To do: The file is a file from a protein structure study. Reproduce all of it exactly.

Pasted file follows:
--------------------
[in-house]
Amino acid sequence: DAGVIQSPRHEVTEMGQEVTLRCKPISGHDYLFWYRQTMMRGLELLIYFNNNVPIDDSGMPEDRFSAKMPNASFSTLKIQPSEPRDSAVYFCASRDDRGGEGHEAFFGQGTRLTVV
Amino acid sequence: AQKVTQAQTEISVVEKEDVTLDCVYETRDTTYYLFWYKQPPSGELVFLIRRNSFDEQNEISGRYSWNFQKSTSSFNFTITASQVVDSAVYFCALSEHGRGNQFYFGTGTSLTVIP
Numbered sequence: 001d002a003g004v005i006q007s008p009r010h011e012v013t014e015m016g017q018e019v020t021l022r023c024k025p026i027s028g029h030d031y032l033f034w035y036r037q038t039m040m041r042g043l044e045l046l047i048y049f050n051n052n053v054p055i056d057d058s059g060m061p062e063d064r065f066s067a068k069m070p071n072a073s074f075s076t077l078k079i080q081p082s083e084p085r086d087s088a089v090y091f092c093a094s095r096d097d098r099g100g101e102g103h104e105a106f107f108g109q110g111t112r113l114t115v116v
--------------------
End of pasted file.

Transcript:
[in-house]
Amino acid sequence: DAGVIQSPRHEVTEMGQEVTLRCKPISGHDYLFWYRQTMMRGLELLIYFNNNVPIDDSGMPEDRFSAKMPNASFSTLKIQPSEPRDSAVYFCASRDDRGGEGHEAFFGQGTRLTVV
Amino acid sequence: AQKVTQAQTEISVVEKEDVTLDCVYETRDTTYYLFWYKQPPSGELVFLIRRNSFDEQNEISGRYSWNFQKSTSSFNFTITASQVVDSAVYFCALSEHGRGNQFYFGTGTSLTVIP
Numbered sequence: 001d002a003g004v005i006q007s008p009r010h011e012v013t014e015m016g017q018e019v020t021l022r023c024k025p026i027s028g029h030d031y032l033f034w035y036r037q038t039m040m041r042g043l044e045l046l047i048y049f050n051n052n053v054p055i056d057d058s059g060m061p062e063d064r065f066s067a068k069m070p071n072a073s074f075s076t077l078k079i080q081p082s083e084p085r086d087s088a089v090y091f092c093a094s095r096d097d098r099g100g101e102g103h104e105a106f107f108g109q110g111t112r113l114t115v116v